‘These crowds, in the tens of thousands, who have been turning out for the [Obama] in St. Louis and Denver and Portland, are a measure of American distress. On the face of it, there is nothing overwhelmingly stirring about Sen. Obama. There is a cerebral quality to him, and an air of detachment. He has eloquence, but within bounds. After nearly two years on the trail, the audience can pretty much anticipate and recite his lines. The political genius of the man is that he is a blank slate. The devotees can project onto him what they wish. The coalition that has propelled his quest — African-Americans and affluent white liberals — has no economic coherence. But for the moment, there is the illusion of a common undertaking — Canetti’s feeling of equality within the crowd.
‘The day after, the crowd will of course discover its own fissures. The affluent will have to pay for the programs promised the poor. The redistribution agenda that runs through Mr. Obama’s vision is anathema to the Silicon Valley entrepreneurs and the hedge-fund managers now smitten with him. Their ethos is one of competition and the justice of the rewards that come with risk and effort. All this is shelved, as the devotees sustain the candidacy of a man whose public career has been a steady advocacy of reining in the market and organizing those who believe in entitlement and redistribution. A creature of universities and churches and nonprofit institutions, the Illinois senator, with the blessing and acquiescence of his upscale supporters, has glided past these hard distinctions.
‘On the face of it, it must be surmised that his affluent devotees are ready to foot the bill for the new order, or are convinced that after victory the old ways will endure, and that Mr. Obama will govern from the center. Ambiguity has been a powerful weapon of this gifted candidate: He has been different things to different people, and he was under no obligation to tell this coalition of a thousand discontents, and a thousand visions, the details of his political programs: redistribution for the poor, postracial absolution and ‘modernity’ for the upper end of the scale. It was no accident that the white working class was the last segment of the population to sign up for the Obama journey.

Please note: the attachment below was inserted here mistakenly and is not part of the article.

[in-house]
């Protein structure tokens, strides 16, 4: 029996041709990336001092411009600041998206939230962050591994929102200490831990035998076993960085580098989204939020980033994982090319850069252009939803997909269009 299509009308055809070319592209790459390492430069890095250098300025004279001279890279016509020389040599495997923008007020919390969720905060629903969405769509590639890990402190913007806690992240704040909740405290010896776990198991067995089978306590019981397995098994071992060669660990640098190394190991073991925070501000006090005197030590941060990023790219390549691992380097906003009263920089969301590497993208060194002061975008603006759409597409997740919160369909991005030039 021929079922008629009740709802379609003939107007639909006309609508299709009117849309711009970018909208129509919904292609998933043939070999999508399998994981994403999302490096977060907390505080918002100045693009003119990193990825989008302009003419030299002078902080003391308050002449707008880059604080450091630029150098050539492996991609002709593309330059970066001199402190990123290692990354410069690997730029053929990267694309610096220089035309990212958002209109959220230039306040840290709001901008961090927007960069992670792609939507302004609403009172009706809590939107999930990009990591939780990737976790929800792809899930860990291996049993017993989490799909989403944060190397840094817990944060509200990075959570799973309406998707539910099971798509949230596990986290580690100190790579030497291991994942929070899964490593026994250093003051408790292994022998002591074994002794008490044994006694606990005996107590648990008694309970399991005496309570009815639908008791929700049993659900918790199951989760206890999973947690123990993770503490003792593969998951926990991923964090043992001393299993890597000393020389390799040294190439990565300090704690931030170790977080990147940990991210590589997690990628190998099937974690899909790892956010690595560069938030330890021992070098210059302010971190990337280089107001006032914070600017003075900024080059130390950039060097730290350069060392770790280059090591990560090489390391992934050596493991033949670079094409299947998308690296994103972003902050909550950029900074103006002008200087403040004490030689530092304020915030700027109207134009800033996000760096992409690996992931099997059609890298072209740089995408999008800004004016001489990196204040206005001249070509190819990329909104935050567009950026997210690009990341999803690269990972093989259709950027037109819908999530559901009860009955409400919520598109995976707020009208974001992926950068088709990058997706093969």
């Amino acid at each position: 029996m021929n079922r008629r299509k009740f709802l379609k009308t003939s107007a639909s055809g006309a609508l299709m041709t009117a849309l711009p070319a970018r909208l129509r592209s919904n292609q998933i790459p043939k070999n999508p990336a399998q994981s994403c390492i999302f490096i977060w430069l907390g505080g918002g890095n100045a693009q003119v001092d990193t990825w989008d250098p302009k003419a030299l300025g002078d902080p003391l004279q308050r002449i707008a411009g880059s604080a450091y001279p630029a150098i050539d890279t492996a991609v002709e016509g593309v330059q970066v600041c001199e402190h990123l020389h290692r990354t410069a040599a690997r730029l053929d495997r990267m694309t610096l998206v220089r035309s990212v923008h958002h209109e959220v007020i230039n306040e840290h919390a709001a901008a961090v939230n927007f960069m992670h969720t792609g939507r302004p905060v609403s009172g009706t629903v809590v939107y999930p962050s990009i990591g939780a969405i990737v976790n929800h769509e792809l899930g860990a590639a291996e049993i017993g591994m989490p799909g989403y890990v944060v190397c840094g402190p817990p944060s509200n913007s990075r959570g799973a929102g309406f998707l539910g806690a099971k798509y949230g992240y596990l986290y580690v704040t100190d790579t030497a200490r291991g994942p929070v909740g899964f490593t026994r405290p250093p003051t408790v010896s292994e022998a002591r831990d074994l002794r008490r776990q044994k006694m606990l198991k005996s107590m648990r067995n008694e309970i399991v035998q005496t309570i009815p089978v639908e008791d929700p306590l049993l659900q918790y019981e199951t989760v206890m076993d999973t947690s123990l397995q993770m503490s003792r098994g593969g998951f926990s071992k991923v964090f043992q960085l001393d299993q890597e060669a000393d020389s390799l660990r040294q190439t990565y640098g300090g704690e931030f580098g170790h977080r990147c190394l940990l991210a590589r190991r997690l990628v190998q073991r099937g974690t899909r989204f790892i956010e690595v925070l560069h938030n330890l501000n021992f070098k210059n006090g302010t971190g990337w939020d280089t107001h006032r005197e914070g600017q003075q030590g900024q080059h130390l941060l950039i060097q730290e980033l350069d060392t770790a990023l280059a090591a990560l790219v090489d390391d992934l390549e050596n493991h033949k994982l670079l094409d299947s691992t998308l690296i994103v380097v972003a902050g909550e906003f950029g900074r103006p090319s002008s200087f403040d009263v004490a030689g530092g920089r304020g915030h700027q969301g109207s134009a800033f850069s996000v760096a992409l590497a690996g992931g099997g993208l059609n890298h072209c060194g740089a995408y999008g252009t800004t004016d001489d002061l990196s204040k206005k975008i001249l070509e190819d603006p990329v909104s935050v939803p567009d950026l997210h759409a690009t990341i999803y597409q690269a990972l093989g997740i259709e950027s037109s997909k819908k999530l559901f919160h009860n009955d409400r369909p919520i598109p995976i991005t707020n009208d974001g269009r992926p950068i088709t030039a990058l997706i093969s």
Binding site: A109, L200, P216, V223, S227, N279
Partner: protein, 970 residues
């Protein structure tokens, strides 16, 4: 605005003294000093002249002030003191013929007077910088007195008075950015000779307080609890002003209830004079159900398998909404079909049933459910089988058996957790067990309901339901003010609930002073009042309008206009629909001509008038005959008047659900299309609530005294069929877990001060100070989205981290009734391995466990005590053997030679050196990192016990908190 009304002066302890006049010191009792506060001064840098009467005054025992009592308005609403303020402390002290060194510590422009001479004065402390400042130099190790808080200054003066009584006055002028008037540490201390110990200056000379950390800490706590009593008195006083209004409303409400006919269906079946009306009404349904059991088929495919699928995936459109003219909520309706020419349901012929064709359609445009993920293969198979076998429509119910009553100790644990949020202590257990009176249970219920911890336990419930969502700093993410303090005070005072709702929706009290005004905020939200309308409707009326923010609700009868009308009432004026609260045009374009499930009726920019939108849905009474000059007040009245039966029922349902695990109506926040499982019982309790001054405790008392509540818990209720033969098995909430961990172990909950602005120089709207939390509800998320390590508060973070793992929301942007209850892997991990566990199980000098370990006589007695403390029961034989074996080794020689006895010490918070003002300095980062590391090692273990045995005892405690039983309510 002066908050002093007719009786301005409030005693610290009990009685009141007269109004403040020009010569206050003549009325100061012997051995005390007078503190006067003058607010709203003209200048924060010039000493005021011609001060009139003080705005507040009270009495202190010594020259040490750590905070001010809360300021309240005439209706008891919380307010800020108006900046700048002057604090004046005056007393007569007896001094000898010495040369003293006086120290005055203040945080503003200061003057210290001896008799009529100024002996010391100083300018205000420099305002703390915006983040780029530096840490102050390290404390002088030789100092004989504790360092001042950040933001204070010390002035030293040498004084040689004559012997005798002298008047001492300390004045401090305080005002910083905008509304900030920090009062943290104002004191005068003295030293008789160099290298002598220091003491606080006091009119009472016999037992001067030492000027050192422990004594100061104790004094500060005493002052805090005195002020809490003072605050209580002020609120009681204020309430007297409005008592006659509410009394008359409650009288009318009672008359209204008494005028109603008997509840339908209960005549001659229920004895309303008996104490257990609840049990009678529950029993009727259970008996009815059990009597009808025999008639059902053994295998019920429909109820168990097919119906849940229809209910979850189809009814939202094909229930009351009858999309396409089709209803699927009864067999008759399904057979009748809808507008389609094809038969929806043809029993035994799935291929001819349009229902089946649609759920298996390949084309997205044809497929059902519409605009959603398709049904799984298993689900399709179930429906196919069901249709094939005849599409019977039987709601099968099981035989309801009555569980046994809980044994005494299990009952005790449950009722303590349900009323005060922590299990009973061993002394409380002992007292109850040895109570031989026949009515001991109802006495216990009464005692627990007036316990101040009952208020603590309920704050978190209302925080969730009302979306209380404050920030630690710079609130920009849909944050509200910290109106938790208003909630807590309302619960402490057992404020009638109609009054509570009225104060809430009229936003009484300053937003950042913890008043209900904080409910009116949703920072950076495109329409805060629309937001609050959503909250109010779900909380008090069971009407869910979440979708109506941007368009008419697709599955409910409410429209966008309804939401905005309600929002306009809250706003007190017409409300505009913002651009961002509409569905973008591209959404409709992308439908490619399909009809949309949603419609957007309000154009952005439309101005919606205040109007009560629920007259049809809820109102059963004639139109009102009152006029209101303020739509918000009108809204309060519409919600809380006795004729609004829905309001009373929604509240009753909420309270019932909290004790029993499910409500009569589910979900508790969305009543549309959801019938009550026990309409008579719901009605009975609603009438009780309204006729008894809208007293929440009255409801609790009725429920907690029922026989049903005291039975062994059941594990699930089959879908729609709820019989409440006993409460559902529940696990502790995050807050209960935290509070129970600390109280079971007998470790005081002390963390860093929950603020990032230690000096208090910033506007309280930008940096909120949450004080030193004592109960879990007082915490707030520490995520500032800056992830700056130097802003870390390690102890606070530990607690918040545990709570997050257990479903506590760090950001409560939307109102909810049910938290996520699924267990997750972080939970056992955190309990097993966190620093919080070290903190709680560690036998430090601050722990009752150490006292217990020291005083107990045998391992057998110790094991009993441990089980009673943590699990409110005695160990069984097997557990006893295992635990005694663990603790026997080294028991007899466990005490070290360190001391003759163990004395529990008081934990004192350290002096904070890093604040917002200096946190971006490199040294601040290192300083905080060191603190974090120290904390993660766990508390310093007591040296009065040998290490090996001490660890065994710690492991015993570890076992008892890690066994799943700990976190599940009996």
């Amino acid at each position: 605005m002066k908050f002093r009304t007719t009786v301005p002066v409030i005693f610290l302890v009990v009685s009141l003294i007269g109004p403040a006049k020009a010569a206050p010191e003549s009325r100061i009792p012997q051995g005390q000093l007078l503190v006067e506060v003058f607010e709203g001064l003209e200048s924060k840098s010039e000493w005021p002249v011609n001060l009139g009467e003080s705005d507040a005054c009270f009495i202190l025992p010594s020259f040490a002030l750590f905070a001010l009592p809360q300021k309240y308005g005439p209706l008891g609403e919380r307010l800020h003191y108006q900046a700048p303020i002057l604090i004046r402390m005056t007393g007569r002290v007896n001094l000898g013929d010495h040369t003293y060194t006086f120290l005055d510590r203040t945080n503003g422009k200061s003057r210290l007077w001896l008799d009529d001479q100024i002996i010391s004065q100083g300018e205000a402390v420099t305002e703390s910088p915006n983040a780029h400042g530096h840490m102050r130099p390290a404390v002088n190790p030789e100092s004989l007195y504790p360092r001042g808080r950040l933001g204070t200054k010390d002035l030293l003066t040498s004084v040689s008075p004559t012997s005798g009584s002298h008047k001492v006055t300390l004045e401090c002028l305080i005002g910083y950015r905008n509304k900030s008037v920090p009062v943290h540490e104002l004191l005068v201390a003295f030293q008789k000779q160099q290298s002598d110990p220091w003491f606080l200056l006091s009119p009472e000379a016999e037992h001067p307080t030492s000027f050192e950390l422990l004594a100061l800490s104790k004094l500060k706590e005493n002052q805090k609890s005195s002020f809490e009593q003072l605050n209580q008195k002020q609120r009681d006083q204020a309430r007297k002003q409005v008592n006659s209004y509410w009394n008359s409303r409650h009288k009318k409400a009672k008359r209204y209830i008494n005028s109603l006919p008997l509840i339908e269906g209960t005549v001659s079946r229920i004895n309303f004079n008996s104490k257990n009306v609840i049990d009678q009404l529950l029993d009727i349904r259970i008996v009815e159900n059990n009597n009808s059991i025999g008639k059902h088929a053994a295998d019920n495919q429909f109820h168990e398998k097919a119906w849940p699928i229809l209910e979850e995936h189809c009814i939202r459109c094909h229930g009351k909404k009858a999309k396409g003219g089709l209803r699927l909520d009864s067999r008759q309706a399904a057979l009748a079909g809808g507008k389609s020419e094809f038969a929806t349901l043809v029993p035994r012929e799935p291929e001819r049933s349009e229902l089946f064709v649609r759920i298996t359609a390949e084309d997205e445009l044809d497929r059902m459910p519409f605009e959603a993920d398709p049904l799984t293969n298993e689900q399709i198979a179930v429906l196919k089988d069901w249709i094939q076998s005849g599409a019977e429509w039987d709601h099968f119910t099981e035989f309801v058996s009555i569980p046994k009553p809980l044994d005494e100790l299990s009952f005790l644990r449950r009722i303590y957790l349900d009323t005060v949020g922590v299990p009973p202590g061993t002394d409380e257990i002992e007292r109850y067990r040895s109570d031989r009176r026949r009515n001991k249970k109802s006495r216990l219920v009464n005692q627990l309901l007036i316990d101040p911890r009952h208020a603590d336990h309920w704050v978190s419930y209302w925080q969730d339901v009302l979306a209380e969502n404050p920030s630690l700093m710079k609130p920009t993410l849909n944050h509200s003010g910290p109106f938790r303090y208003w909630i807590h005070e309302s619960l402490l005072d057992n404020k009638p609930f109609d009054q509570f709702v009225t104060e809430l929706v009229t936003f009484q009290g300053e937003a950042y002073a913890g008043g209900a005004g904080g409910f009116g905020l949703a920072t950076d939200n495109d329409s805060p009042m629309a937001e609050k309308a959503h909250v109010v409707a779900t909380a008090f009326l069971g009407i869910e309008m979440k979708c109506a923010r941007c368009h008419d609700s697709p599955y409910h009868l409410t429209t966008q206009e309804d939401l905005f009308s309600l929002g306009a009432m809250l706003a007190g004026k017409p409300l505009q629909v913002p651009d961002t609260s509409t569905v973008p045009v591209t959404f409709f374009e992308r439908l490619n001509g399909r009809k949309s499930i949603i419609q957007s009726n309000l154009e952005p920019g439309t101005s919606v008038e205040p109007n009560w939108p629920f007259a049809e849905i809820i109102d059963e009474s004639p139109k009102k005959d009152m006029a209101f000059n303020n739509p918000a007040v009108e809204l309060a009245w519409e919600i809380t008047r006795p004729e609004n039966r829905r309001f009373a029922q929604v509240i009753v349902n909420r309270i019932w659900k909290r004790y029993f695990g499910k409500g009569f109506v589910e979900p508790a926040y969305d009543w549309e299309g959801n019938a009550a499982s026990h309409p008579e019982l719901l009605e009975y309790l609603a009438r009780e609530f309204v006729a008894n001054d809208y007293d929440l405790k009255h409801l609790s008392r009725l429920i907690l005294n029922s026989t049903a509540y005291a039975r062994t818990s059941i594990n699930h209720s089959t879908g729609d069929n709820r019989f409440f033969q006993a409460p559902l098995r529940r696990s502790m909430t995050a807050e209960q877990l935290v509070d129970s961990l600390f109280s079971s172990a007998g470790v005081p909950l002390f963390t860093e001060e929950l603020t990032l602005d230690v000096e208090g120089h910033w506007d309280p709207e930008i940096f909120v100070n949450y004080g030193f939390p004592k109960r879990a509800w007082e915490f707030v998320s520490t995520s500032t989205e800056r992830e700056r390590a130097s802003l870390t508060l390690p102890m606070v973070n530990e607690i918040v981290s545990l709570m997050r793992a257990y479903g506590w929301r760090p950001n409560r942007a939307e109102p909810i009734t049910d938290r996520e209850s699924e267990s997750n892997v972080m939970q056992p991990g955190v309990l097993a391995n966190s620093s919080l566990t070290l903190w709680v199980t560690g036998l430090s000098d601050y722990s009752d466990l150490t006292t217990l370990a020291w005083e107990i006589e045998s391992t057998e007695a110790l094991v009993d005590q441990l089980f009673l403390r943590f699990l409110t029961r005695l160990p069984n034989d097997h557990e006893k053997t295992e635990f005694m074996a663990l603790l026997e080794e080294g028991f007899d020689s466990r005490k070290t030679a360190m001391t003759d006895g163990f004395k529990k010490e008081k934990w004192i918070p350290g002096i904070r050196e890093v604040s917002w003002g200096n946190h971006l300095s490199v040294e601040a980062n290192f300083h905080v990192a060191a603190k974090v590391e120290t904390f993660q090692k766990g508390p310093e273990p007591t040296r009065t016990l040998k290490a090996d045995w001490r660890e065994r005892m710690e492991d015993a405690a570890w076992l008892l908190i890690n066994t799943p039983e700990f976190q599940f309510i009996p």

‘Their hesitancy was not about race. They were men and women of practicality; they distrusted oratory, they could see through the falseness of the solidarity offered by this campaign. They did not have much, but believed in the legitimacy of what little they had acquired. They valued work and its rewards. They knew and heard of staggering wealth made by the Masters of the Universe, but held onto their faith in the outcomes that economic life decreed. The economic hurricane that struck America some weeks ago shook’ these people, the white working class, ‘to the core. They now seek protection, the shelter of the state, and the promise of social repair.
‘The bonuses of the wizards who ran the great corporate entities had not bothered them. It was the spectacle of the work of the wizards melting before our eyes that unsettled them. Daniel Patrick Moynihan, the late Democratic senator from New York, once set the difference between American capitalism and the older European version by observing that America was the party of liberty, whereas Europe was the party of equality. Just in the nick of time for the Obama candidacy, the American faith in liberty began to crack. The preachers of America’s decline in the global pecking order had added to the panic.